The commission of murder of the intestate or the abetting of the commission of murder has the same consequences. Where, for example, the whole planning of the murder of the intestate Is done by A, and B and C, who are the nephews of the intestate, help A in the commission of the murder, by bringing the intestate on a false pretext to the spot where A kills him, B and C might not have murdered the intestate, but because they abetted the commission of the murder, they will be disqualified from inheriting the property of the intestate.


Murder Committed in Furtherance of Succession

 Where a person commits the murder, not of the intestate, but of his heir, the removal Will accelerate the succession in his favour, such murderer is again disqualified from inheriting the property of the deceased.

For example, a family consists of a Hindu male A, his father F, and a son of his predeceased brother BS.

In terms of priority, on the death of A, it is the father who would inherit his property and not BS, as the son of a predeceased brother has an inferior placement in comparison to the father. In apprehension of A’s death, if BS commits the murder of the father of A, on the death of A, despite being the closest relation, he (BS) would be disqualified from inheriting the property of the intestate. Here again, he may personally kill the father or take somebody’s help in its commission or abet its commission, the consequences will be the same.

The rule of disqualification on ground of commission of murder or abetting it is applicable to both intestate as well as testamentary succession.


The principle of equality is equated with “sameness treatment” in an essentially unequal society. Law of disqualification under HSA is dealt by S. 24 to 28 and with respect to these sections a person can be disqualified only in case of remarriage by few widows expressly mentioned in the section, when a person commits murder for furtherance of property and when a person is a descendant of a convert. Under only these three circumstances a person can be disqualified to inherit and rest all disqualifications common under old Hindu Law are abolished. According to my view the following should be included in the disqualification of succession there is no doubt that these sections enacted by the legislatures are well founded and it has done a great job in providing few specific grounds of disqualifications. But in respect to above discussion it is submitted that few other grounds of disqualifications should be added in addition to those already mentioned and they are as follows:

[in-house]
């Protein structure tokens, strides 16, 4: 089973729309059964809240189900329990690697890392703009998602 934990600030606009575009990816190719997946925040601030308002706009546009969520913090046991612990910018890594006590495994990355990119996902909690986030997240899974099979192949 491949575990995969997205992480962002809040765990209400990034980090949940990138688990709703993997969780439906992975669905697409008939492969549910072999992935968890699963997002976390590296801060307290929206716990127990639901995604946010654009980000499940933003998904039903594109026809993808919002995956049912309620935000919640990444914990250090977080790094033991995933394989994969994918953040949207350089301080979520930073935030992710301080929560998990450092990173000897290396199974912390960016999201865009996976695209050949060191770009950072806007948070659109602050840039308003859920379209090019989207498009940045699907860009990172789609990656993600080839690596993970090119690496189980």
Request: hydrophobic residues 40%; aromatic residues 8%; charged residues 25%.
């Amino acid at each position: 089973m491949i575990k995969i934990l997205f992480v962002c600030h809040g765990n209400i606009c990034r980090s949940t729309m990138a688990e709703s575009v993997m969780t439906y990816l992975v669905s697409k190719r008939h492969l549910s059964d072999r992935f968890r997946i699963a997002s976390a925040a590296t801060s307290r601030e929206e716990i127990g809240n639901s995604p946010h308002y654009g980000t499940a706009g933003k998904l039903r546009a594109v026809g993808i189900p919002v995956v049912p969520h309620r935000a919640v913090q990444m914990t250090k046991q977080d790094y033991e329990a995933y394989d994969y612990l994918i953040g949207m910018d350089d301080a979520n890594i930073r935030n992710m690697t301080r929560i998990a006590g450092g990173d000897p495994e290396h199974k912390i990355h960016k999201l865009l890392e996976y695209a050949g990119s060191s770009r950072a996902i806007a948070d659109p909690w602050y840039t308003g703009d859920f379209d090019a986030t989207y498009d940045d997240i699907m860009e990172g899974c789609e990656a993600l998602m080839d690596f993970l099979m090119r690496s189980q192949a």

1. A person torturing another person should also be disqualified to inherit the property of that another person.
  2. Attempt of murder should also be a ground to disqualification to succession even that attempt was unsuccessful under S.25.
  3. Unchaste women should also be disqualified.
  4. Stepmother of the deceased person should be disqualified on remarriage under S.24 of HSA, 1956.
  5. A person committing rape of the lady from whom he is going to inherit should also be disqualified.

Hence it is submitted that the present law of disqualification under HSA is appropriate for Hindu law and as such there is no need for any kind of change or alteration in these law except that some other grounds of disqualifications as mentioned above should also be added in Hindu Succession Act, 1956.

[1] Now, Section 24, omitted by Act 39 of 2005, Section 5(w.e.f 9-9-2005).

[2] S. 24 OF Hindu Succession Act, 1956.

[3] Dr. Paras Diwan, Law of Intestate and Testamentary Succession, Ed. 2nd , universal Law Publishing Co. Pvt. Ltd.

[4] Section 27 of Indian Succession Act, 1956.

[5] S. 25 of Indian Succession Act, 1956.

[6] Mani V. Paru ; AIR 1960 ker. 195 at 196.

[7] Minoti v. Sushal Mohan Singh, AIR 1982 Bom 68.

[8] Ram Chatterjee V. Dabathi Mukhrjee, (2002) 2 SCC 193.

[9] Sitaramaiah V. Rama Krishnaya, AIR 1970 AP407.

[10] AIR 2007 Bom 133.

[11] Kenchawa V. Girimallappa, AIR 1924 PC 209.

[12] AIR 2007 Del 107.

[13] (2005) 6 SCC 622.

[14] G.S. Sadashiva V. M.C. Srinivasam, AIR 2001 Kant. 453.